It has been a while since we have posted any updates about same-sex blessings and marriage in our diocese. While such pastoral services are being offered to couples elsewhere across Canada, especially in urban centres, our bishop and archbishop Greg Kerr-Wilson has opted for ongoing study and conversation instead—a frustrating tack to those who feel strongly that the time for talk has passed.
A year ago we had the opportunity—and great privilege—of hosting and blessing a Queer marriage (between a woman and her transgendered partner). A marriage commissioner oversaw the legal ceremony while six clergy of the diocese rose to offer the church’s blessing, against the wishes of the bishop. Predictably, the six were threatened with disciplinary action, but a local lay movement rose up to ensure there would be ongoing progress.
Meanwhile a series of diocesan conversations—called “Generous Listening”—was held from January to June, with visiting scholars representing different perspectives on this issue. The process was not intended to facilitate decision-making and ended prematurely and inconclusively.
A meeting of diocesan synod has been called for October 13-14, the first such meeting in four years, and the lay movement has put forward a motion calling for the freedom of clergy and congregations to act according to their consciences on this matter.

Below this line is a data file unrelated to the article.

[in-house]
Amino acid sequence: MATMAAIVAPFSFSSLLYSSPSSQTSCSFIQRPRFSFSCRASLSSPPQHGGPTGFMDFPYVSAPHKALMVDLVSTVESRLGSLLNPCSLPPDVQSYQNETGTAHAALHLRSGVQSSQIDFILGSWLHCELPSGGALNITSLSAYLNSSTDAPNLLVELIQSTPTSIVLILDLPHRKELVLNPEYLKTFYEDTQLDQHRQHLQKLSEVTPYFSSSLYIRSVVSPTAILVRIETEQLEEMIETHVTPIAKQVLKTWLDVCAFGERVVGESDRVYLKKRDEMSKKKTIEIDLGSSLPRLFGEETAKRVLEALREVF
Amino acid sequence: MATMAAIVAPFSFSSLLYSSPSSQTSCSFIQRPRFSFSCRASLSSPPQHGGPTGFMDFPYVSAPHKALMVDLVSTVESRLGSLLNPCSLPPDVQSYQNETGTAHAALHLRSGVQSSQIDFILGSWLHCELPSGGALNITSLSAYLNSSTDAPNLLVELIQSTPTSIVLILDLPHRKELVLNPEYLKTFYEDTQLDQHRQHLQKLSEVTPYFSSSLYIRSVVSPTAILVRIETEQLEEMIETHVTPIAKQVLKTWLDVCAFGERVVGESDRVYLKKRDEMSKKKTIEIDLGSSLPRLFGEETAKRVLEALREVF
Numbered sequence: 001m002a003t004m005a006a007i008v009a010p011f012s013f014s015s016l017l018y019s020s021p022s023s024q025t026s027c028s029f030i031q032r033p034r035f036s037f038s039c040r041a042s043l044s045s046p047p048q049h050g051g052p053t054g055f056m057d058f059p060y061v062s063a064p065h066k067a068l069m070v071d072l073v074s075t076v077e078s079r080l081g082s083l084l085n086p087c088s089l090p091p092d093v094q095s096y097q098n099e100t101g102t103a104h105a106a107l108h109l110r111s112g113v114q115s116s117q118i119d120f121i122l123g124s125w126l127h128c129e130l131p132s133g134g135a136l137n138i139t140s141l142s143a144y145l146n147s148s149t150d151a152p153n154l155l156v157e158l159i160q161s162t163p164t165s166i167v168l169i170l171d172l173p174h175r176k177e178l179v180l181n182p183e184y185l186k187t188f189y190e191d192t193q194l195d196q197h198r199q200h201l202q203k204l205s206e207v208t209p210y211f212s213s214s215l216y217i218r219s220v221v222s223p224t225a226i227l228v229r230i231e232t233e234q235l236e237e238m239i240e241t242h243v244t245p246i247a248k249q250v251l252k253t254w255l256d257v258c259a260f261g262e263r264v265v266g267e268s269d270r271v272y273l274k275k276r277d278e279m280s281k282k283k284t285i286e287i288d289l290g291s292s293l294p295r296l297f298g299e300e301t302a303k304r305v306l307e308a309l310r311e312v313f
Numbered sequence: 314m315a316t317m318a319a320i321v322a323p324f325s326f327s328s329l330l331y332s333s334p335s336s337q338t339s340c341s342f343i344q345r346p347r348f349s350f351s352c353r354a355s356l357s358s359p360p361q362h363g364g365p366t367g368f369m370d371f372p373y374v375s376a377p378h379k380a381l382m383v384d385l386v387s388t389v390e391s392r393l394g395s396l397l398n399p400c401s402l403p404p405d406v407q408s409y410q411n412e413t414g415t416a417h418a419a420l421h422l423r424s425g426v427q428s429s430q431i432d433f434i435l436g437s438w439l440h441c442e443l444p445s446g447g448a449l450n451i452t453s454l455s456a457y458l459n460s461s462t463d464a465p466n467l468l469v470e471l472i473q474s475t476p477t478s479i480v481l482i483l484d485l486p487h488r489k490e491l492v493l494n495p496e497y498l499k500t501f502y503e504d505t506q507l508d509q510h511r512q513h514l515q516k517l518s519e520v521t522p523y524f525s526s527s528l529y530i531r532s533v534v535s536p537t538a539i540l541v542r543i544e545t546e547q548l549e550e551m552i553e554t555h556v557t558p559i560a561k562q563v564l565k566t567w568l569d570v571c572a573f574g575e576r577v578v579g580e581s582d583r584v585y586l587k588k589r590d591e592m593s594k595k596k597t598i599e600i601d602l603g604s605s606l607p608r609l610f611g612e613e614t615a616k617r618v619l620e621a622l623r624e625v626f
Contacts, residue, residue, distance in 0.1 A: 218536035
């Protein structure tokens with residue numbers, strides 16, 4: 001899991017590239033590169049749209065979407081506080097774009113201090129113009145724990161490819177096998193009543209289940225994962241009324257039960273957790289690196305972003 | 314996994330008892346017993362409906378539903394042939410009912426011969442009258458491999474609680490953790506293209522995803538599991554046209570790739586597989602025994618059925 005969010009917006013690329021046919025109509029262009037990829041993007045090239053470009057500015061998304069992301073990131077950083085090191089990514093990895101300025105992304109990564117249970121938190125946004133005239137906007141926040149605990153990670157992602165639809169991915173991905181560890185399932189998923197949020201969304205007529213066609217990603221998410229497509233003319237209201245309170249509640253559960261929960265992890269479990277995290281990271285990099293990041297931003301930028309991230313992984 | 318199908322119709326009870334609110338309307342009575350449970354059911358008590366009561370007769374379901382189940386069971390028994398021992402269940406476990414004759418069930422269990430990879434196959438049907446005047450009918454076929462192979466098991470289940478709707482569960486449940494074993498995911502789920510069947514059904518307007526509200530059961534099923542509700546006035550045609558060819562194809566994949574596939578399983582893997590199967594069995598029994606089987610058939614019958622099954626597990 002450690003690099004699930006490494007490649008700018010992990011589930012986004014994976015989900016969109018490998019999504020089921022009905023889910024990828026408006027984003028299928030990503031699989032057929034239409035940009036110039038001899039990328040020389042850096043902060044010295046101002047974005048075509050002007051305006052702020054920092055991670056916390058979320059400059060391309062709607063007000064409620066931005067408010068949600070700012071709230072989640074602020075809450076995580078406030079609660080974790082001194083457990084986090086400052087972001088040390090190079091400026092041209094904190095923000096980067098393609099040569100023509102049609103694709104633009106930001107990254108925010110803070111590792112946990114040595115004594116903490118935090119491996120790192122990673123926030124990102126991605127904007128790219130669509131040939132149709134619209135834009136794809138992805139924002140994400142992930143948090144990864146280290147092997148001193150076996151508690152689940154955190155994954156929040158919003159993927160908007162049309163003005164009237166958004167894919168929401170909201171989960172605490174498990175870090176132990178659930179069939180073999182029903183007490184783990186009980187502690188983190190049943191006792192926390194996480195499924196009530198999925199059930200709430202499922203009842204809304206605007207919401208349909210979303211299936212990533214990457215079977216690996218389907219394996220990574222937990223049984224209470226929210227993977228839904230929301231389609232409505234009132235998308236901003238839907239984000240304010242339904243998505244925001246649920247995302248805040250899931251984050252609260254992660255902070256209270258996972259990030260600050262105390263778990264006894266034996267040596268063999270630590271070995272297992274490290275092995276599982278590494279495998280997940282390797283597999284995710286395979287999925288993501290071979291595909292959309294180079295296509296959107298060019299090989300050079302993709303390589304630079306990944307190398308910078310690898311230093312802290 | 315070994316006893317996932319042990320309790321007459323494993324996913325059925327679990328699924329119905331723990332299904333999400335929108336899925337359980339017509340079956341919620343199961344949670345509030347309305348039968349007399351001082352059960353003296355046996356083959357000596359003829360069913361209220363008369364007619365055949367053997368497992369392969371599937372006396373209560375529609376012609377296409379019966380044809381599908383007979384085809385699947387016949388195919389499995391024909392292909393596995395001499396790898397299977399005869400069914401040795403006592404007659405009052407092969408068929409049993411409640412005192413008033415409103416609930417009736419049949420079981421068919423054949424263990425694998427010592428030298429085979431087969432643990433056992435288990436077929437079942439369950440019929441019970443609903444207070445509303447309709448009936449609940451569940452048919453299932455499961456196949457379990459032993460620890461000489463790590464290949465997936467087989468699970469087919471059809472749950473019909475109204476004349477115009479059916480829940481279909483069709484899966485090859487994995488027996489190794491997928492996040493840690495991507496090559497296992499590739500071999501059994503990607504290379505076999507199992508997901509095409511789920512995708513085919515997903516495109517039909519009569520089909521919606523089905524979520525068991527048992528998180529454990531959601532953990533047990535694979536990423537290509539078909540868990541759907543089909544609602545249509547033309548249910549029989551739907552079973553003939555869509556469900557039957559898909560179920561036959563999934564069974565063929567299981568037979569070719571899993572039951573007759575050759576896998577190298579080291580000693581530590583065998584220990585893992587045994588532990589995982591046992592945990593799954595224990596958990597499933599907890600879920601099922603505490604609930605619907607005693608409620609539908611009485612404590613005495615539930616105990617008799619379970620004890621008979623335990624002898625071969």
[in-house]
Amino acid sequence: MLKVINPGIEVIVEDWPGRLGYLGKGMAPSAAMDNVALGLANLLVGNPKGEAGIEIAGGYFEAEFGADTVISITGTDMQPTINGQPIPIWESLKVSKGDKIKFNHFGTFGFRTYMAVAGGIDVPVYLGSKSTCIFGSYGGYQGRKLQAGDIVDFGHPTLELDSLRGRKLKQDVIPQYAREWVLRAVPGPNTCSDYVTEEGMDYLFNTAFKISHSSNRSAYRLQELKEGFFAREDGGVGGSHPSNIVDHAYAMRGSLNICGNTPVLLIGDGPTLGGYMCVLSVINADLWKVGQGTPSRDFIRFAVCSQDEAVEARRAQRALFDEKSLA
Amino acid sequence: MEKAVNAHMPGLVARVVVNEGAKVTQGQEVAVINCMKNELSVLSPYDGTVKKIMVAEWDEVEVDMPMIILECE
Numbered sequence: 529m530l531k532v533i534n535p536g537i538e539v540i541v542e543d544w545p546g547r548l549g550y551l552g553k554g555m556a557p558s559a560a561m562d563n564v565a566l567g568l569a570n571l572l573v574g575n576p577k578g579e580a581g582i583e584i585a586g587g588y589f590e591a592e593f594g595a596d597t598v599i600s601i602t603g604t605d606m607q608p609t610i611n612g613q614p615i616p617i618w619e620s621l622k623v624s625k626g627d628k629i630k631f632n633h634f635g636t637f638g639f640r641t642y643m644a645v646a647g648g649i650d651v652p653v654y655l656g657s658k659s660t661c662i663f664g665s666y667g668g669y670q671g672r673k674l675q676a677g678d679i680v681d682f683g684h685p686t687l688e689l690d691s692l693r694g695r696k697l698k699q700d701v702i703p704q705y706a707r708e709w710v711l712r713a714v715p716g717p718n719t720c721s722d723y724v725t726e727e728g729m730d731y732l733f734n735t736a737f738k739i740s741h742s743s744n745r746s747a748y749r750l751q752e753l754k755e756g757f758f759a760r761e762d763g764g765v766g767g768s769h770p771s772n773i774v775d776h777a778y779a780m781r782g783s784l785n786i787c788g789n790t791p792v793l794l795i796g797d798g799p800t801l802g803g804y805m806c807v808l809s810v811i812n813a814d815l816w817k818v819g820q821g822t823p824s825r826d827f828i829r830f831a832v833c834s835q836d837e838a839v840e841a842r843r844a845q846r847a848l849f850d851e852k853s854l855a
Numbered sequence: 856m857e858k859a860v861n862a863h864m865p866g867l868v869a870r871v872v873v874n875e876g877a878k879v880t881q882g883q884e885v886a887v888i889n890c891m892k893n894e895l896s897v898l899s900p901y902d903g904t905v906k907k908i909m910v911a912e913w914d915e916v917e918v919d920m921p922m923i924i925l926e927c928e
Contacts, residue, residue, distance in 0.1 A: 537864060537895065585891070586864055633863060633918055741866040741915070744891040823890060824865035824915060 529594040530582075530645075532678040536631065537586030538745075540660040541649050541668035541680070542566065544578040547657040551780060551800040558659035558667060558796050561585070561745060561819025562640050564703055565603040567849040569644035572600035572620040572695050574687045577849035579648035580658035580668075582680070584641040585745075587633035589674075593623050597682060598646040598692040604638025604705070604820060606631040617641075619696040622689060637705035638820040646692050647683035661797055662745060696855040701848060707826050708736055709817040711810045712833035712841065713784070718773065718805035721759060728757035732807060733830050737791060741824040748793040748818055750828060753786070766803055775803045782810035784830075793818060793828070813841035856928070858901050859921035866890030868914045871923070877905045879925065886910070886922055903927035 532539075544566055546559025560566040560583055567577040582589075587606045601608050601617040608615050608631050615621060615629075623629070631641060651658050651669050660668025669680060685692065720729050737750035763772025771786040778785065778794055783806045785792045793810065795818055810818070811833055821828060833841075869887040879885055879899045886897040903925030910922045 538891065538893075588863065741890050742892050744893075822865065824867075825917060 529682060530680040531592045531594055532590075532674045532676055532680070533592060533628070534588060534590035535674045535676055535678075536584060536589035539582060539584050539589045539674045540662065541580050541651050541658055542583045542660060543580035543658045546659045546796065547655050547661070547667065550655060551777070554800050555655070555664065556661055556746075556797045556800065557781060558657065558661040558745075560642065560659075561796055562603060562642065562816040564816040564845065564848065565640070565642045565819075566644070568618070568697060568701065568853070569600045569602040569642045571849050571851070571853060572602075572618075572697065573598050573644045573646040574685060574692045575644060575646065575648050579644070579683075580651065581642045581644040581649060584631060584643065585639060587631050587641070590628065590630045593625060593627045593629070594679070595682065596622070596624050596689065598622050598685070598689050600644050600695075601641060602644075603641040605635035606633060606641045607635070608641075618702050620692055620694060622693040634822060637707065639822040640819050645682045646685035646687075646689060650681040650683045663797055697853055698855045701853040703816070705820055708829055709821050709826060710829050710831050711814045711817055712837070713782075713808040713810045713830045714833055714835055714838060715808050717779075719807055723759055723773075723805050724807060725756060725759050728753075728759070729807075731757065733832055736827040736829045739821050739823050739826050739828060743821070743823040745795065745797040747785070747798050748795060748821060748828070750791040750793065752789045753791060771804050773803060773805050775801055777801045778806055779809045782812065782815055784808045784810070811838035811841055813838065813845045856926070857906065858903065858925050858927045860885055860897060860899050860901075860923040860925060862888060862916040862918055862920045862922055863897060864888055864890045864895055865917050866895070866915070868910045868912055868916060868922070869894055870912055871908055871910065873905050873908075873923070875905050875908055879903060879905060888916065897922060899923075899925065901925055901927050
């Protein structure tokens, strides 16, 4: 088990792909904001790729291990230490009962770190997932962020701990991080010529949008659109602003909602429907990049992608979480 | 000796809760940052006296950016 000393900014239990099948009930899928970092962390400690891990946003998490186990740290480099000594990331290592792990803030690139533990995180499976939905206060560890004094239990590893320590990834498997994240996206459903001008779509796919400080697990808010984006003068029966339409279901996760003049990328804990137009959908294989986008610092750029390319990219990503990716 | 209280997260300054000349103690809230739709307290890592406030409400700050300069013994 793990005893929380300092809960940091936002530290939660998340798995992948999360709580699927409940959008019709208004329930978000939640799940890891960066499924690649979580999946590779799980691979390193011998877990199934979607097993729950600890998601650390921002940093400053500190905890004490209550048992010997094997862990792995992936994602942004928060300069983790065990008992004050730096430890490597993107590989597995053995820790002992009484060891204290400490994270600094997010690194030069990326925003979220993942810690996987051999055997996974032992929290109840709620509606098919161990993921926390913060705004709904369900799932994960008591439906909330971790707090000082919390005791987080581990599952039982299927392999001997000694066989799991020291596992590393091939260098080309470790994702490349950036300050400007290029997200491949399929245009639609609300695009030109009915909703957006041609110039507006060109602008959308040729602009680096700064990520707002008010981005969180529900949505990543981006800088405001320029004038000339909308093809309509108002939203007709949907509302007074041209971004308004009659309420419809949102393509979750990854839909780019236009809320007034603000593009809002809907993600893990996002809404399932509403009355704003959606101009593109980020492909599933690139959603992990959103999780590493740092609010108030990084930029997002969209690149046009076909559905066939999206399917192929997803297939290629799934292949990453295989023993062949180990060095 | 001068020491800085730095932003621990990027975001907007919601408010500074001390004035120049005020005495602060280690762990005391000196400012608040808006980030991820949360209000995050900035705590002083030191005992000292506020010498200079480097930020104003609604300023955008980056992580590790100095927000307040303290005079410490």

Two weeks ago members of St. Stephen’s marched in the Calgary Pride Parade under a banner that read: “Working toward marriage equality for EVERYONE”. Sadly, we felt it was the most we could say.
If you are new to St. Stephen’s, welcome! If you have been away, welcome! If you never left, welcome to you too! A brand new season launches this week, beginning with our Start-up Sunday worship.
Three major themes will dominate our fall season. The first is Charmaine Evans who will join our staff in October as our full-time Program Coordinator. Charmaine is a newly ordained deacon. She will assist with the Sunday liturgy, share pastoral care with the rector, and oversee the educational and outreach programs of our parish. Charmaine will be a great gift to us in the present, but also in the future when Brian our rector retires, providing stability and continuity when that time comes.
But a full-time staff position comes at a cost, so Stewardship becomes the second theme we will hear a lot about this fall. If we are spiritually invested in St. Stephen’s we need to be materially invested as well, so that we continue to offer ourselves as a sanctuary for the wounded, a light for seekers, and an inspiration to our neighbours. Please consider the place St. Stephen’s has in your life and, when we are asked, commit generously to the ministry we offer.
Finally, our Reno Group is studying the challenges and the opportunities of our ageing Memorial Hall. Your ideas for its use—both for ourselves and for the wider community—will be sought as we develop a vision for its complete transformation. Stay tuned for … “Open Doors Too”.